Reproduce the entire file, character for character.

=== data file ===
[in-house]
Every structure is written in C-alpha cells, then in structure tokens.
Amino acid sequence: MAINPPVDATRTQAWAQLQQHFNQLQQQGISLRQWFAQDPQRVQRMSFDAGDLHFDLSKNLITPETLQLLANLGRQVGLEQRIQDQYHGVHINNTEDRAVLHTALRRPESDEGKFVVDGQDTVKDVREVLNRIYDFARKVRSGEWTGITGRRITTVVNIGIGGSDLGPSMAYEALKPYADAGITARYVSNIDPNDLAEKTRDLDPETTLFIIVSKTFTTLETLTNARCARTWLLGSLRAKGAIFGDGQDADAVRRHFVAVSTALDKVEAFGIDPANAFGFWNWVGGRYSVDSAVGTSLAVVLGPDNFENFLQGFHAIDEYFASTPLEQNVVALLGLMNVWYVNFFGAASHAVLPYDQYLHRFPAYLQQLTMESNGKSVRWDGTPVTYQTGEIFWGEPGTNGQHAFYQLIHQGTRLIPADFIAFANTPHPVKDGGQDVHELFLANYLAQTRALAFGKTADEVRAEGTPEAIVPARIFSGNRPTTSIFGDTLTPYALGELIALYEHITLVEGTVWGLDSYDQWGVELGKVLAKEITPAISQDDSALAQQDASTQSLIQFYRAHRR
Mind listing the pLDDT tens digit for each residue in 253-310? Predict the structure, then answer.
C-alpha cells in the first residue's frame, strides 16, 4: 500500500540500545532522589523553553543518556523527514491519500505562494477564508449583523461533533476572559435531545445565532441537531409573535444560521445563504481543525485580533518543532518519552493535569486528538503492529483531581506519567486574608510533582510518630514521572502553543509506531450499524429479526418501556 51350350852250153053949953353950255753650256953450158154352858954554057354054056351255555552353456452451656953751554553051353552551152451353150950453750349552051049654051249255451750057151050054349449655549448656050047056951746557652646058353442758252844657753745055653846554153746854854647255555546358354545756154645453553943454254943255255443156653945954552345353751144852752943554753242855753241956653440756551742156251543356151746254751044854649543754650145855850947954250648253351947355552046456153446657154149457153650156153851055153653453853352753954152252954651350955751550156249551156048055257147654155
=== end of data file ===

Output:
[in-house]
Every structure is written in C-alpha cells, then in structure tokens.
Amino acid sequence: MAINPPVDATRTQAWAQLQQHFNQLQQQGISLRQWFAQDPQRVQRMSFDAGDLHFDLSKNLITPETLQLLANLGRQVGLEQRIQDQYHGVHINNTEDRAVLHTALRRPESDEGKFVVDGQDTVKDVREVLNRIYDFARKVRSGEWTGITGRRITTVVNIGIGGSDLGPSMAYEALKPYADAGITARYVSNIDPNDLAEKTRDLDPETTLFIIVSKTFTTLETLTNARCARTWLLGSLRAKGAIFGDGQDADAVRRHFVAVSTALDKVEAFGIDPANAFGFWNWVGGRYSVDSAVGTSLAVVLGPDNFENFLQGFHAIDEYFASTPLEQNVVALLGLMNVWYVNFFGAASHAVLPYDQYLHRFPAYLQQLTMESNGKSVRWDGTPVTYQTGEIFWGEPGTNGQHAFYQLIHQGTRLIPADFIAFANTPHPVKDGGQDVHELFLANYLAQTRALAFGKTADEVRAEGTPEAIVPARIFSGNRPTTSIFGDTLTPYALGELIALYEHITLVEGTVWGLDSYDQWGVELGKVLAKEITPAISQDDSALAQQDASTQSLIQFYRAHRR
Mind listing the pLDDT tens digit for each residue in 253-310? Predict the structure, then answer.
C-alpha cells in the first residue's frame, strides 16, 4: 500500500540500545532522589523553553543518556523527514491519500505562494477564508449583523461533533476572559435531545445565532441537531409573535444560521445563504481543525485580533518543532518519552493535569486528538503492529483531581506519567486574608510533582510518630514521572502553543509506531450499524429479526418501556 51350350852250153053949953353950255753650256953450158154352858954554057354054056351255555552353456452451656953751554553051353552551152451353150950453750349552051049654051249255451750057151050054349449655549448656050047056951746557652646058353442758252844657753745055653846554153746854854647255555546358354545756154645453553943454254943255255443156653945954552345353751144852752943554753242855753241956653440756551742156251543356151746254751044854649543754650145855850947954250648253351947355552046456153446657154149457153650156153851055153653453853352753954152252954651350955751550156249551156048055257147654155